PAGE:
Texas Mom Says Newborn Daughter Detected Her Stage 3 Breast Cancer

Shakti Dalal was nursing her daughter when she was diagnosed with cancer.

— -- When Shakti Dalal had her third child, a daughter named Layla, she was surprised that the newborn girl only seemed to nurse on one side.

"She would nurse and on the other side she would get fussy and wouldn't nurse on that side," Dalal recounted to ABC News. "We kind of made a joke about it, why she was being preferential to one side over the other."

Dalal said she didn't think to be concerned until she found a lump in her underarm at the same time, it was on the same side as where her daughter refused to nurse. While her doctor told her it could just be a clogged milk duct due to her lactating, she was scheduled for a follow-up MRI.

"I went and got it checked out. One check-up turned into a cancer diagnosis," Dalal recounted.

Dalal, who is now in remission, said she wanted to speak out about her own diagnosis to mark Breast Cancer Awareness Month. "I wanted to find a way to help people," she said.

At just 39 with no family history of cancer, Dalal said she was in shock when she was first diagnosed.

"We don’t have cancer in my family. I’m very, very healthy," Dalal said. "You question if they got the results mixed up. ... I feel too good to feel like I’m going to die."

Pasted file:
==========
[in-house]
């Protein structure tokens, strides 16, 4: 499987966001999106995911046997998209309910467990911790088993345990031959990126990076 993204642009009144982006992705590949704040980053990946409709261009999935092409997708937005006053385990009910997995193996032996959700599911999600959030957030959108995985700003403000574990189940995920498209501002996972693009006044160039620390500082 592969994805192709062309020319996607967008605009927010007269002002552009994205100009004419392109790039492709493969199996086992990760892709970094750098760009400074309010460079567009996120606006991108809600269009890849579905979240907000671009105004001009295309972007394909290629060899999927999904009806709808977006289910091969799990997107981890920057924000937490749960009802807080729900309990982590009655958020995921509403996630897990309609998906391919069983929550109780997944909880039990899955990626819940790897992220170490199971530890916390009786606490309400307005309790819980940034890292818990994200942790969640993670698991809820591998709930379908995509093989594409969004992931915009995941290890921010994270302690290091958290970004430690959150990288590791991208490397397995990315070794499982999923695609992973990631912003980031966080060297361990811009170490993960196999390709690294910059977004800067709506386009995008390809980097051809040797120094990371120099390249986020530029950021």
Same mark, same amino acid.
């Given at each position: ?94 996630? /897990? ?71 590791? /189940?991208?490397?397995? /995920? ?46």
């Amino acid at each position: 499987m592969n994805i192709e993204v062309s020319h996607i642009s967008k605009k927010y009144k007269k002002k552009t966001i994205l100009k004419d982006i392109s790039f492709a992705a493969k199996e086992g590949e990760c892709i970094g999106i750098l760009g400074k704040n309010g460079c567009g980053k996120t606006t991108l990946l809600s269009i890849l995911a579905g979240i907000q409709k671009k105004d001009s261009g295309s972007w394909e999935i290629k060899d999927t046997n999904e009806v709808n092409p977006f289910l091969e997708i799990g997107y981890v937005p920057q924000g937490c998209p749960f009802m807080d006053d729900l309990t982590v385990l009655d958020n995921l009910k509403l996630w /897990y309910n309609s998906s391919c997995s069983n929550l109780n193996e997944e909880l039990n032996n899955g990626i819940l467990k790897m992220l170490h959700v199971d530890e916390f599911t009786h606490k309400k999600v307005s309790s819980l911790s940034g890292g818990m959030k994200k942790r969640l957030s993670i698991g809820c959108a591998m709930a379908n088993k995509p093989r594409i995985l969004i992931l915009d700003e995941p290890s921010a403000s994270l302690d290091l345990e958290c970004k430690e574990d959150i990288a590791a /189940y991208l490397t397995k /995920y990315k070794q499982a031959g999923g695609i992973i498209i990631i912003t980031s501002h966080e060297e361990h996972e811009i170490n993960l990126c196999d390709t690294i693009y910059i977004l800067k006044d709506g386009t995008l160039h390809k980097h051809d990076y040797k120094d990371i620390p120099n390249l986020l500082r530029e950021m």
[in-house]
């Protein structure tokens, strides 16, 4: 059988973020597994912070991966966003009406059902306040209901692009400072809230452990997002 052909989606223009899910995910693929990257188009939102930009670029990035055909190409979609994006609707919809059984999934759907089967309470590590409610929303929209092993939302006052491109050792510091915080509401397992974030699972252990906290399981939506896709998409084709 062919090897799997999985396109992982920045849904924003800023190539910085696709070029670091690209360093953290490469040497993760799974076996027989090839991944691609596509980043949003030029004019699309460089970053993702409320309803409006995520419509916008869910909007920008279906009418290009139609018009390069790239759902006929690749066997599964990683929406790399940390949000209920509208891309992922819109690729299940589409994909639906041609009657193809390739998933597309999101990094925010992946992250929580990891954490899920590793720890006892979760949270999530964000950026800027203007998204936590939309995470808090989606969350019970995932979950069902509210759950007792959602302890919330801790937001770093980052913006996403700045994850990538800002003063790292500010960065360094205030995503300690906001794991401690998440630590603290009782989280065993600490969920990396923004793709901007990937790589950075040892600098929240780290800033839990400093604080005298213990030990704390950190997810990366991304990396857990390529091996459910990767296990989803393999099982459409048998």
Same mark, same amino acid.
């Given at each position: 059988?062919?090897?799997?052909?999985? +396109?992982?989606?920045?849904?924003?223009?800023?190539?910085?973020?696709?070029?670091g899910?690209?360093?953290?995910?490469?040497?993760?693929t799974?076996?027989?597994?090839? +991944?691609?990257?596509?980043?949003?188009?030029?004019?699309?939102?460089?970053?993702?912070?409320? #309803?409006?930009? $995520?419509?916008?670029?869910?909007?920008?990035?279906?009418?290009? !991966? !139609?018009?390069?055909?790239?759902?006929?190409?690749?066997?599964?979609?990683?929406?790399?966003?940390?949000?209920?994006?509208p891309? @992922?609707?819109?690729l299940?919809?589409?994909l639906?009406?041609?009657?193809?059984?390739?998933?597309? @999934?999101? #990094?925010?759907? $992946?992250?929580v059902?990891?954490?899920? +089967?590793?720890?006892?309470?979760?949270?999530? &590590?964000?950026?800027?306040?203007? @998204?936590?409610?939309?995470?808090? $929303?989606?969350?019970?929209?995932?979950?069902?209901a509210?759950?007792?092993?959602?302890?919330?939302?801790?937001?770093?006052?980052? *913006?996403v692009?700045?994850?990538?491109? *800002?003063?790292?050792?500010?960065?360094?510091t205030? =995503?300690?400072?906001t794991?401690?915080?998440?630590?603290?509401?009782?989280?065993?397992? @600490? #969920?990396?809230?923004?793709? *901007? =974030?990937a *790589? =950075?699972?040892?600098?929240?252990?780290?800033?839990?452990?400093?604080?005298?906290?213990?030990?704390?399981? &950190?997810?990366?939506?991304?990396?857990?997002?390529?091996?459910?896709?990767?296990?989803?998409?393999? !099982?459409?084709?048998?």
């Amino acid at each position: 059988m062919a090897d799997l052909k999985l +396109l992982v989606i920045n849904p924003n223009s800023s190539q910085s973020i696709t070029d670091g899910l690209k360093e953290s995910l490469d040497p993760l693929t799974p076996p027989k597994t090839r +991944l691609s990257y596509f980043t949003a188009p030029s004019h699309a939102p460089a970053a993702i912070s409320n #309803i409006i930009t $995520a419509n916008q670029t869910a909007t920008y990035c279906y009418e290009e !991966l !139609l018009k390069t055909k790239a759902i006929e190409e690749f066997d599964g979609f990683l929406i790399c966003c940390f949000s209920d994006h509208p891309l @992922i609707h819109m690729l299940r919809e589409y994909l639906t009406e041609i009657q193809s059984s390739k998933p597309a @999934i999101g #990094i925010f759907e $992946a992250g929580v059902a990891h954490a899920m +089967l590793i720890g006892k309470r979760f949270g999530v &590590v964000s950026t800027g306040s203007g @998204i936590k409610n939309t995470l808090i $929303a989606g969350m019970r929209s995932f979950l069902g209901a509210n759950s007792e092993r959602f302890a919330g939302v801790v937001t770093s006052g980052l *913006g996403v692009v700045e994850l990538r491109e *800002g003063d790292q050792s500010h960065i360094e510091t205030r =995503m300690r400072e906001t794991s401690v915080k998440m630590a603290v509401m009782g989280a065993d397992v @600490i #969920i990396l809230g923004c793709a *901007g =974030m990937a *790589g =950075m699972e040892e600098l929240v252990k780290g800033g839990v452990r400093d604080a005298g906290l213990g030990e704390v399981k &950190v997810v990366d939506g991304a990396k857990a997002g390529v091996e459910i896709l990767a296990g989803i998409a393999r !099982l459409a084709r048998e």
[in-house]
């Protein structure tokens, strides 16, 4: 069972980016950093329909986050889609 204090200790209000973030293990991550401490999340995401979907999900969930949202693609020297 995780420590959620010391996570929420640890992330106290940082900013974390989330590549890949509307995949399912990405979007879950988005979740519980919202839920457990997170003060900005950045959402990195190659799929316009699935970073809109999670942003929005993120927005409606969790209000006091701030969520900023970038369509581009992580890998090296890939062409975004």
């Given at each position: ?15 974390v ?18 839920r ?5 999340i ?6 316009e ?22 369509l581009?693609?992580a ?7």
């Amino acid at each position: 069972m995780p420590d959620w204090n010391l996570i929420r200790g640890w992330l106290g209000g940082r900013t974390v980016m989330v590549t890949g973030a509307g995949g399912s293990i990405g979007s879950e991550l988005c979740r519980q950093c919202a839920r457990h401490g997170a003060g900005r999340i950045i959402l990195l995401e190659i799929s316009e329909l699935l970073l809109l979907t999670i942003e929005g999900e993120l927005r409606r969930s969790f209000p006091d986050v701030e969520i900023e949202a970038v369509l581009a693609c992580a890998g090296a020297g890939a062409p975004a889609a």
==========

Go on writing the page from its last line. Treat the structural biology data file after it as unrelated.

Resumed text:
Dalal immediately started therapy for Stage 3 breast cancer, including two bouts of intense chemotherapy, surgery and radiation. She had to stop nursing Layla immediately in part to ensure they could properly scan her chest.

"The most favorite things about being a new mother is nursing. I nursed both my boys for over a year," Dalal said. "I had to suck it up and look at the glass half full. I’m going to get this treatment and still be here for her."

Dalal's doctors said that Layla was likely the first person to detect something was wrong because the cancer had already affected how the milk was being produced.

"They influence mammary cells and make the taste not good or sour," Dalal said.

After months of grueling treatment, including a mastectomy and reconstruction, Dalal was declared to be in remission. Now, two-and-a-half years after finishing her treatment, she said she wants to share her story with other women who may feel alone or unsupported as they fight cancer.